Nonesuch 7559798172, £19.99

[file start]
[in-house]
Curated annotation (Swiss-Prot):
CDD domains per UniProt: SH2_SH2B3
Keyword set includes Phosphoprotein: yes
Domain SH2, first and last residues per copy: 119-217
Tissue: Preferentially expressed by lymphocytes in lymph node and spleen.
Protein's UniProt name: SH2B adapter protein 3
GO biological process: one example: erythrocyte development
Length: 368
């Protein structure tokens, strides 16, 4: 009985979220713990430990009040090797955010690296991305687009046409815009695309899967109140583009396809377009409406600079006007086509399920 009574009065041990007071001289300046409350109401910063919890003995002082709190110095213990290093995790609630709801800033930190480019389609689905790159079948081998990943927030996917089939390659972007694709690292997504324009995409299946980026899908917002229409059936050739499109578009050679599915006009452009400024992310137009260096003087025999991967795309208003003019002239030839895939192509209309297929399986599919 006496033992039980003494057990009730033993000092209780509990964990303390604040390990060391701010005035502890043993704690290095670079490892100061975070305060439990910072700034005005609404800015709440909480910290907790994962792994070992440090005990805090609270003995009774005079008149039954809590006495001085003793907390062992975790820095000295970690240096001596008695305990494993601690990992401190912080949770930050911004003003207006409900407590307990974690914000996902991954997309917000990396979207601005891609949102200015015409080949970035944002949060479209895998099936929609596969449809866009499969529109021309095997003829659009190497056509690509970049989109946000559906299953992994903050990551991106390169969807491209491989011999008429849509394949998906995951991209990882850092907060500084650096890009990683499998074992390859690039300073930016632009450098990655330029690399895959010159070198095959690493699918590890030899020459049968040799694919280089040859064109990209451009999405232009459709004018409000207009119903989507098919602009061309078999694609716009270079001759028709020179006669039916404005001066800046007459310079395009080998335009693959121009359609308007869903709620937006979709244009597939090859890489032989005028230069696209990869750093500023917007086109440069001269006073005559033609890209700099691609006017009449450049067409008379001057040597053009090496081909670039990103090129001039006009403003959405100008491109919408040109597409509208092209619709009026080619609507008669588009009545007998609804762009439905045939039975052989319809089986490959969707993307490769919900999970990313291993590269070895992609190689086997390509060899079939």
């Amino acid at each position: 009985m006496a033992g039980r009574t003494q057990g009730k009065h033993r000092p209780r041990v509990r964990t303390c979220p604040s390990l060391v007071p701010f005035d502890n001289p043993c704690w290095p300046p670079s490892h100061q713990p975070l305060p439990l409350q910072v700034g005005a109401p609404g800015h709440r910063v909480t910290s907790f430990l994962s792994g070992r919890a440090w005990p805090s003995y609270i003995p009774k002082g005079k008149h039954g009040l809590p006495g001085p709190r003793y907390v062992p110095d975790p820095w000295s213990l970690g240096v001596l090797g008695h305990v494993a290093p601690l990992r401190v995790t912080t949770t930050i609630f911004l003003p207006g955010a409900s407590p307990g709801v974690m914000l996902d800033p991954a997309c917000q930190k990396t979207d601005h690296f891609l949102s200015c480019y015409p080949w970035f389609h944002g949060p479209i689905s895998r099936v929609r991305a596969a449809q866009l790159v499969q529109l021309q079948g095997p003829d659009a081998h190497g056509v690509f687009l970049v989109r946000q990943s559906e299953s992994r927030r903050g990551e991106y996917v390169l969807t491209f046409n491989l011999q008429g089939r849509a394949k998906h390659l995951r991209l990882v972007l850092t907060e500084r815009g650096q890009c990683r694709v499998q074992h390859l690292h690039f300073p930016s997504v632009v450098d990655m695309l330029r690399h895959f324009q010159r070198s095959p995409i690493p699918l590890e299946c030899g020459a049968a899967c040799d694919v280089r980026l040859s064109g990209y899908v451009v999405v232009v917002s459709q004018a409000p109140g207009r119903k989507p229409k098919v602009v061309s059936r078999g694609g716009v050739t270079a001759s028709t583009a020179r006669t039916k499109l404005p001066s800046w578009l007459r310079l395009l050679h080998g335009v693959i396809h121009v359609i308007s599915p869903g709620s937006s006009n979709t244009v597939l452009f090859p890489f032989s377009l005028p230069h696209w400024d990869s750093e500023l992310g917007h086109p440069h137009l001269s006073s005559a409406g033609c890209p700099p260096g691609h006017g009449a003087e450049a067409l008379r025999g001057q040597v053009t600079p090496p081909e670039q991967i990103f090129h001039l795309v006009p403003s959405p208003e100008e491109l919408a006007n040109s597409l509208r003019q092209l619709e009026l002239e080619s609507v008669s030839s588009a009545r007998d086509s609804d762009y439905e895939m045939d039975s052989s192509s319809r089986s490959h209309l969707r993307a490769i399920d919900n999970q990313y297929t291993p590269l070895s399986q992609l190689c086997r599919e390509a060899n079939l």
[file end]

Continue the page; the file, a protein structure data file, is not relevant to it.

On tribute albums we marvel at those who reinterpret the work of the artist and mutter unpleasantries about the ones who slavishly clone the original. Joni Mitchell has wisely decided to save them all the bother and reinterpret herself , and what a wonderful job she has made of it. This has the sweep of Hollywood’s golden era, with ‘Slouching Towards Bethlehem’ and ‘The Sire Of Sorrow’ more blinding than hitching down the road to Damascus. ‘Hejira’ was made for this kind of treatment, but the double album set’s finest moments are probably the creative reworking of even more familiar songs such as ‘Woodstock’, ‘The Last Time I Saw Richard’ and ‘The Circle Game’. The former is transformed from a eulogy to the last great act of 60s hippiedom into something more of a social documentation, blessed with musical hindsight. Another song that seems to have been subconsciously screaming out for this treatment is ‘Sex Kills’, which comes over all horny and on the prowl. Travelogue may symbolise journeying the length and breadth of Mitchell’s career, but it also takes the listener past vistas never usually seen on the conventional pop and rock routes. And it is first class all the way.